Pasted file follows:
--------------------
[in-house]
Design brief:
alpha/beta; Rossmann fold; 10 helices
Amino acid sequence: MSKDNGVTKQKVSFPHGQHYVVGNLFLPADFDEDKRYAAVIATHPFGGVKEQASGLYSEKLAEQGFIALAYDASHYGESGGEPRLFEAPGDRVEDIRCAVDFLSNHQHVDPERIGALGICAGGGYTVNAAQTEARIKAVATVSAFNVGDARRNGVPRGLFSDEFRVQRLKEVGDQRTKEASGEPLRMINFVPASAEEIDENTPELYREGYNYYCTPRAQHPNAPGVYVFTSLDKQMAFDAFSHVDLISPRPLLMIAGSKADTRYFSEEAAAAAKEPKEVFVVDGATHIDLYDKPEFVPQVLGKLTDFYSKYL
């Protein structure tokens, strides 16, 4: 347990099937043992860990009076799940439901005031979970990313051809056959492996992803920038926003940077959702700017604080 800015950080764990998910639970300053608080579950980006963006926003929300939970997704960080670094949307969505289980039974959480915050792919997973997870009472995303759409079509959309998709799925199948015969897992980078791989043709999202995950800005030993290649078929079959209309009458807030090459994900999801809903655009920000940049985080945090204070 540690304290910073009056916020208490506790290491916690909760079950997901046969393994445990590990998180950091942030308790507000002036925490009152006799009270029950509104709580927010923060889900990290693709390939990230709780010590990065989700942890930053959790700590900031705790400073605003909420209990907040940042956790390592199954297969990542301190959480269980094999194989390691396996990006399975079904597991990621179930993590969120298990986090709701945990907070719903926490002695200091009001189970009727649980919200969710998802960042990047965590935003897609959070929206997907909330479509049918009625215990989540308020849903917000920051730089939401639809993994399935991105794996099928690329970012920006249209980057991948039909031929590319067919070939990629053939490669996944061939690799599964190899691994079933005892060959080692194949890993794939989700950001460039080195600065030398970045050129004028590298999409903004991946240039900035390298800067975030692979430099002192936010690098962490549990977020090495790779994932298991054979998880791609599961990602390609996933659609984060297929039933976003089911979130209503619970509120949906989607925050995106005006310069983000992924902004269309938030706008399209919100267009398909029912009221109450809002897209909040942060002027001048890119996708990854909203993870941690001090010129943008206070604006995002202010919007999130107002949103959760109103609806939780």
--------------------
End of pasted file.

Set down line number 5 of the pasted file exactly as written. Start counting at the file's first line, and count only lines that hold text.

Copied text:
């Protein structure tokens, strides 16, 4: 347990099937043992860990009076799940439901005031979970990313051809056959492996992803920038926003940077959702700017604080 800015950080764990998910639970300053608080579950980006963006926003929300939970997704960080670094949307969505289980039974959480915050792919997973997870009472995303759409079509959309998709799925199948015969897992980078791989043709999202995950800005030993290649078929079959209309009458807030090459994900999801809903655009920000940049985080945090204070 540690304290910073009056916020208490506790290491916690909760079950997901046969393994445990590990998180950091942030308790507000002036925490009152006799009270029950509104709580927010923060889900990290693709390939990230709780010590990065989700942890930053959790700590900031705790400073605003909420209990907040940042956790390592199954297969990542301190959480269980094999194989390691396996990006399975079904597991990621179930993590969120298990986090709701945990907070719903926490002695200091009001189970009727649980919200969710998802960042990047965590935003897609959070929206997907909330479509049918009625215990989540308020849903917000920051730089939401639809993994399935991105794996099928690329970012920006249209980057991948039909031929590319067919070939990629053939490669996944061939690799599964190899691994079933005892060959080692194949890993794939989700950001460039080195600065030398970045050129004028590298999409903004991946240039900035390298800067975030692979430099002192936010690098962490549990977020090495790779994932298991054979998880791609599961990602390609996933659609984060297929039933976003089911979130209503619970509120949906989607925050995106005006310069983000992924902004269309938030706008399209919100267009398909029912009221109450809002897209909040942060002027001048890119996708990854909203993870941690001090010129943008206070604006995002202010919007999130107002949103959760109103609806939780």